DART is simply named after a list of keywords. The research we do all links to one or more of these keywords:
Development / Autism / Research / Technology
You might notice that our projects now are organised into four topic areas which don’t map on to the original DART keywords – namely: Technology, Bilingualism, Neurodiversity and Children & Learning. We probably ought to change our name but TBNCL just isn’t as catchy, so we’re sticking with DART. After all, those original tags still apply, we’ve really just added some more…
DART members include researchers from undergraduate to post-doctoral level. The group was founded by Sue Fletcher-Watson and she supervises a lot of the projects.
Our work aims to apply methods from psychology to questions with educational, clinical and societal impact. Our general objective is to understand neurotypical and neurodivergent forms of development and life experiences, with a specific focus on autism and on the consequences of being born early.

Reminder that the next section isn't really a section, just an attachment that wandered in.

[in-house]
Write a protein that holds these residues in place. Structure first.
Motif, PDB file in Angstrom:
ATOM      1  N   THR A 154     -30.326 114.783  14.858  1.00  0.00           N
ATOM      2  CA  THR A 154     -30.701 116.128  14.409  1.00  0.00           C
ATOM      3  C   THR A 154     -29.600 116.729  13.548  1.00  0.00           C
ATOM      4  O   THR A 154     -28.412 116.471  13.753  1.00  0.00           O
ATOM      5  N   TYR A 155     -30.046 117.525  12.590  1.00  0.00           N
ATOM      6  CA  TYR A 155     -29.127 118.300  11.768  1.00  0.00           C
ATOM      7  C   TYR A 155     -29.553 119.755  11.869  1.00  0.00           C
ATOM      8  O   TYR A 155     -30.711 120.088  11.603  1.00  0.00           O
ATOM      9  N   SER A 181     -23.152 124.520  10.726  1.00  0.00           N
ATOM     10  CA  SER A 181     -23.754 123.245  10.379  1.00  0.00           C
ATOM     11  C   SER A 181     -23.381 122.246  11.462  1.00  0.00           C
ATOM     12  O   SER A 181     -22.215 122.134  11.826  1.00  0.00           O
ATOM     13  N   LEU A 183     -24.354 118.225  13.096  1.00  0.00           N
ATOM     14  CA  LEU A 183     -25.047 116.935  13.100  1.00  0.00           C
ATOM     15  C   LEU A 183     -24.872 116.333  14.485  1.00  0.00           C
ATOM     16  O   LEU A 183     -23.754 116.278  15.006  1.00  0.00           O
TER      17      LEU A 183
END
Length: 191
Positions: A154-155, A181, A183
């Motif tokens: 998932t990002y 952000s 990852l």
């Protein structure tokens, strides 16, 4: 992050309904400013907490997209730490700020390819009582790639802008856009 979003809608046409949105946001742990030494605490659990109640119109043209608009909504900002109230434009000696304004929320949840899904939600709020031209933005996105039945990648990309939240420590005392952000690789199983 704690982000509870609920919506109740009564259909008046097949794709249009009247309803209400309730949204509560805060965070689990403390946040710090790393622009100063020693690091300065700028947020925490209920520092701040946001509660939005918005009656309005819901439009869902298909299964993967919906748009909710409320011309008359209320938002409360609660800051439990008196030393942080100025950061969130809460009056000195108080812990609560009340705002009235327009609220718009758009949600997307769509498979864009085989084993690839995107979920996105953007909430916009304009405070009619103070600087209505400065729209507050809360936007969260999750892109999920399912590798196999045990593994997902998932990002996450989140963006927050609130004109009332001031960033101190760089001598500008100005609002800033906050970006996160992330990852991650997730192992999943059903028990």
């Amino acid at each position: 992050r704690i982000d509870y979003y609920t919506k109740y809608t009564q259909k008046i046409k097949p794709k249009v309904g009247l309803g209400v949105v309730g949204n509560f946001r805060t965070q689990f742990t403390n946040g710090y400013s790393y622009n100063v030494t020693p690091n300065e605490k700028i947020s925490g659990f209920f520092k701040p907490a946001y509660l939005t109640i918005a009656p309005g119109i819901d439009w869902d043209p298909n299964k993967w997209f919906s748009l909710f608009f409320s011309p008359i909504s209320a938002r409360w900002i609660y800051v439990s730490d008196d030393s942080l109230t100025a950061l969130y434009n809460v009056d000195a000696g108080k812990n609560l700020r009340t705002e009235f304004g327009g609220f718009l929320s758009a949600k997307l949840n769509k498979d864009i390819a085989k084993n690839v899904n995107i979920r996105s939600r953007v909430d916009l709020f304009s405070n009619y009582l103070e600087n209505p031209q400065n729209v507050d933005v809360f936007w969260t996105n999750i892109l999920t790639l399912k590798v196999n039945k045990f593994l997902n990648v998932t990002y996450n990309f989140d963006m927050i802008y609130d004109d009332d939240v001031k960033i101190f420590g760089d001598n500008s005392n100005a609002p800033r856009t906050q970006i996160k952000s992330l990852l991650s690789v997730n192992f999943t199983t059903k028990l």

We endorse a neurodiversity model in all of our projects, in which we recognise the disabling effects of a normative environment which is tailored to the needs of a (broadly) neurotypical majority. A large part of our work aims to discover how we can more clearly describe neurodiversity (in psychological terms) and use that knowledge to inform the development of new practices in schools and clinics, and new understanding in our society at large. We hope this will support neurodivergent people, and our whole community, to live and thrive together.
Specific projects are found in the Active Projects menu, and we have a searchable Library of all our findings including guides for general readers, filmed presentations and press coverage.